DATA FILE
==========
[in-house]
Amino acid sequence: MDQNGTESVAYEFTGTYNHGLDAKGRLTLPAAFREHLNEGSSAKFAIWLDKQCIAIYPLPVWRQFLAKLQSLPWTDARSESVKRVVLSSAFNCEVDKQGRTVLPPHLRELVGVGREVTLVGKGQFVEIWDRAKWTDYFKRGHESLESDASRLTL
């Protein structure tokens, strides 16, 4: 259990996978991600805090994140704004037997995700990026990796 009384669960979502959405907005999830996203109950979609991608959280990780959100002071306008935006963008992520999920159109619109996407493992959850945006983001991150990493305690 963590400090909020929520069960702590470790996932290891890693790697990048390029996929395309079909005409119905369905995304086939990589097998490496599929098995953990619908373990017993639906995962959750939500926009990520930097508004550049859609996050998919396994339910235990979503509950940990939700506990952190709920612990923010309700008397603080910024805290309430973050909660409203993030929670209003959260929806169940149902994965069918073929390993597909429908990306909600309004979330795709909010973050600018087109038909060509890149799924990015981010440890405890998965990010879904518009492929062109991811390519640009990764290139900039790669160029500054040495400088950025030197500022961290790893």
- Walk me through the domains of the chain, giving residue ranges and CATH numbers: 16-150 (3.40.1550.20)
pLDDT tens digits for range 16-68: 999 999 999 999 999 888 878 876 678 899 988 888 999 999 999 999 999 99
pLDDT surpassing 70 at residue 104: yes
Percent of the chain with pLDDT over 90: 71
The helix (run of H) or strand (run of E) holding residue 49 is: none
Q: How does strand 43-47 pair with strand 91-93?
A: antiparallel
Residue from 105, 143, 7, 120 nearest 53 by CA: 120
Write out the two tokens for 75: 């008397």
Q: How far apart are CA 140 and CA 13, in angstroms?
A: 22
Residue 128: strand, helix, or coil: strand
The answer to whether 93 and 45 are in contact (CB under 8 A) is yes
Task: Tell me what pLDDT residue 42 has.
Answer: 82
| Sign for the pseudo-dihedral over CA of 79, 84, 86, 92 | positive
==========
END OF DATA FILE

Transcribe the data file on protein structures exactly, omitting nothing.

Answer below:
[in-house]
Amino acid sequence: MDQNGTESVAYEFTGTYNHGLDAKGRLTLPAAFREHLNEGSSAKFAIWLDKQCIAIYPLPVWRQFLAKLQSLPWTDARSESVKRVVLSSAFNCEVDKQGRTVLPPHLRELVGVGREVTLVGKGQFVEIWDRAKWTDYFKRGHESLESDASRLTL
């Protein structure tokens, strides 16, 4: 259990996978991600805090994140704004037997995700990026990796 009384669960979502959405907005999830996203109950979609991608959280990780959100002071306008935006963008992520999920159109619109996407493992959850945006983001991150990493305690 963590400090909020929520069960702590470790996932290891890693790697990048390029996929395309079909005409119905369905995304086939990589097998490496599929098995953990619908373990017993639906995962959750939500926009990520930097508004550049859609996050998919396994339910235990979503509950940990939700506990952190709920612990923010309700008397603080910024805290309430973050909660409203993030929670209003959260929806169940149902994965069918073929390993597909429908990306909600309004979330795709909010973050600018087109038909060509890149799924990015981010440890405890998965990010879904518009492929062109991811390519640009990764290139900039790669160029500054040495400088950025030197500022961290790893």
- Walk me through the domains of the chain, giving residue ranges and CATH numbers: 16-150 (3.40.1550.20)
pLDDT tens digits for range 16-68: 999 999 999 999 999 888 878 876 678 899 988 888 999 999 999 999 999 99
pLDDT surpassing 70 at residue 104: yes
Percent of the chain with pLDDT over 90: 71
The helix (run of H) or strand (run of E) holding residue 49 is: none
Q: How does strand 43-47 pair with strand 91-93?
A: antiparallel
Residue from 105, 143, 7, 120 nearest 53 by CA: 120
Write out the two tokens for 75: 């008397």
Q: How far apart are CA 140 and CA 13, in angstroms?
A: 22
Residue 128: strand, helix, or coil: strand
The answer to whether 93 and 45 are in contact (CB under 8 A) is yes
Task: Tell me what pLDDT residue 42 has.
Answer: 82
| Sign for the pseudo-dihedral over CA of 79, 84, 86, 92 | positive